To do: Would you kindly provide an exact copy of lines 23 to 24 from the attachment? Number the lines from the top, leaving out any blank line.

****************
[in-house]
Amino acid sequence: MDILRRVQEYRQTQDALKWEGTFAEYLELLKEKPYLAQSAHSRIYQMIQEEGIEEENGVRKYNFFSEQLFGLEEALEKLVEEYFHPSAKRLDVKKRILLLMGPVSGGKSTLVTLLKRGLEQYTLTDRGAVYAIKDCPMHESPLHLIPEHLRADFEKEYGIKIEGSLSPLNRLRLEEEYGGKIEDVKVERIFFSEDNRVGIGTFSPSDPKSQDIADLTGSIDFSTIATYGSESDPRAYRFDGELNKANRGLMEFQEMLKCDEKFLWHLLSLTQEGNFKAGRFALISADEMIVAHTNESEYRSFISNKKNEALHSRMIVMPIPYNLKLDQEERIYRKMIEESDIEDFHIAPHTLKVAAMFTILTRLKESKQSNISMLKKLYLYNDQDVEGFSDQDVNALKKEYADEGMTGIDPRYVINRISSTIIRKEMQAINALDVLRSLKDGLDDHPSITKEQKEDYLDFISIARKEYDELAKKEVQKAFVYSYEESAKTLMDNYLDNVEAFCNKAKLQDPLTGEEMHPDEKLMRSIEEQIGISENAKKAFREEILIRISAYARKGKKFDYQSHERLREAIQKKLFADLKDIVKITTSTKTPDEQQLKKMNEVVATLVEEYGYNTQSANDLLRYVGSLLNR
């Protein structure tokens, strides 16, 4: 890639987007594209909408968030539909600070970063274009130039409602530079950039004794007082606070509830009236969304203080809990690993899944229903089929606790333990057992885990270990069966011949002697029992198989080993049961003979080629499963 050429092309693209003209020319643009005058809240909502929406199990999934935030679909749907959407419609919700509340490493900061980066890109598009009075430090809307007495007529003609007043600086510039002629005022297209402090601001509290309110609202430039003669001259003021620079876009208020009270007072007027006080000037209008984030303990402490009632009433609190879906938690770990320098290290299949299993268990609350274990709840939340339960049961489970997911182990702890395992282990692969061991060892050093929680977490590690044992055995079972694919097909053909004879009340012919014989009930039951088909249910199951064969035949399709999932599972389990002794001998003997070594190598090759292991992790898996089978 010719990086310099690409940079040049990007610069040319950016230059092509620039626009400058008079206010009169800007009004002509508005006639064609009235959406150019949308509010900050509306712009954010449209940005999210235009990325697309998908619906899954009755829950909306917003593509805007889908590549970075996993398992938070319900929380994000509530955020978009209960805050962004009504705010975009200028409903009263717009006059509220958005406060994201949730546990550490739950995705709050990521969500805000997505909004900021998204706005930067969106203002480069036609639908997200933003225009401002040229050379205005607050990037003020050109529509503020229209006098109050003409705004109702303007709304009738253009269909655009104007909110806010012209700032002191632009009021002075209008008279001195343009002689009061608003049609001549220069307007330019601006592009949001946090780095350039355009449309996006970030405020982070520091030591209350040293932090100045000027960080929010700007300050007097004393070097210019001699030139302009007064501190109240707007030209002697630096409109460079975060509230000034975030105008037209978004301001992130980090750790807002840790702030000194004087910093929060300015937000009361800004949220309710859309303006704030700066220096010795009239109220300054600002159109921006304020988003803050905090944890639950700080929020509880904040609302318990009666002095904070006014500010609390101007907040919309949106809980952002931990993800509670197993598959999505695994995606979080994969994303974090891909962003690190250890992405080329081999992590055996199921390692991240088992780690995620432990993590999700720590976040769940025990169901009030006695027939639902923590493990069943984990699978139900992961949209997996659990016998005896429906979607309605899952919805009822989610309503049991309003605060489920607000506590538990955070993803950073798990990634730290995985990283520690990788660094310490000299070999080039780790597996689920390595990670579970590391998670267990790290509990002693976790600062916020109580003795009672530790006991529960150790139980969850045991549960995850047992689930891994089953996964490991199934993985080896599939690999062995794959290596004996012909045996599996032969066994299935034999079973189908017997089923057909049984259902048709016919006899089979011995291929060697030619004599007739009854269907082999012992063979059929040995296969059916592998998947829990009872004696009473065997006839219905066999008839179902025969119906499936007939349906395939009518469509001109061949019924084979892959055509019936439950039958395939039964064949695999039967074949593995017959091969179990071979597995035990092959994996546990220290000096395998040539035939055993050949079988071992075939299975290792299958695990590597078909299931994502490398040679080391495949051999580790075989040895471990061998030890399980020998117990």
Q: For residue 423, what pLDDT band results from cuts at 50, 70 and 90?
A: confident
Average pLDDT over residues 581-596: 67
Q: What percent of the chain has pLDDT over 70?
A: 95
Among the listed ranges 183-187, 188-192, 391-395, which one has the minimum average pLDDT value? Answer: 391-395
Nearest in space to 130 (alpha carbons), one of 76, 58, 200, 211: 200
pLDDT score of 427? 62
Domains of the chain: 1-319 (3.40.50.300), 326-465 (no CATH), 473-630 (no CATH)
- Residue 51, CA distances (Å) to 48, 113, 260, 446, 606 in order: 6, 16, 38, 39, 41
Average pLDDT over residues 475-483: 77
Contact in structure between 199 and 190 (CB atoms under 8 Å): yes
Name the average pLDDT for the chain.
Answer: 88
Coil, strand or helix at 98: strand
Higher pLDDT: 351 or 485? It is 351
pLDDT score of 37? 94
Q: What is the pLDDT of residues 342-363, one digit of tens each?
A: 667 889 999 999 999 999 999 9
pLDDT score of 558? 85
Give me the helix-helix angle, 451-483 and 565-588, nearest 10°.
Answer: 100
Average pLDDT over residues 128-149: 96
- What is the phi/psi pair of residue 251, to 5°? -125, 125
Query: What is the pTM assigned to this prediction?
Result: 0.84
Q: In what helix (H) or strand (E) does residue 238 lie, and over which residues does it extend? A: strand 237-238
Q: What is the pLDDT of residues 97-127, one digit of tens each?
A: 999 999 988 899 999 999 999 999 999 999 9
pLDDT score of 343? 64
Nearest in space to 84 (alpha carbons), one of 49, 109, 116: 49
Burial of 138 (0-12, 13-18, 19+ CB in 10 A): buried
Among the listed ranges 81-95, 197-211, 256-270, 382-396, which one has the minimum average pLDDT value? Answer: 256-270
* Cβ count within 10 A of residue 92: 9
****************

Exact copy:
pLDDT score of 558? 85
Give me the helix-helix angle, 451-483 and 565-588, nearest 10°.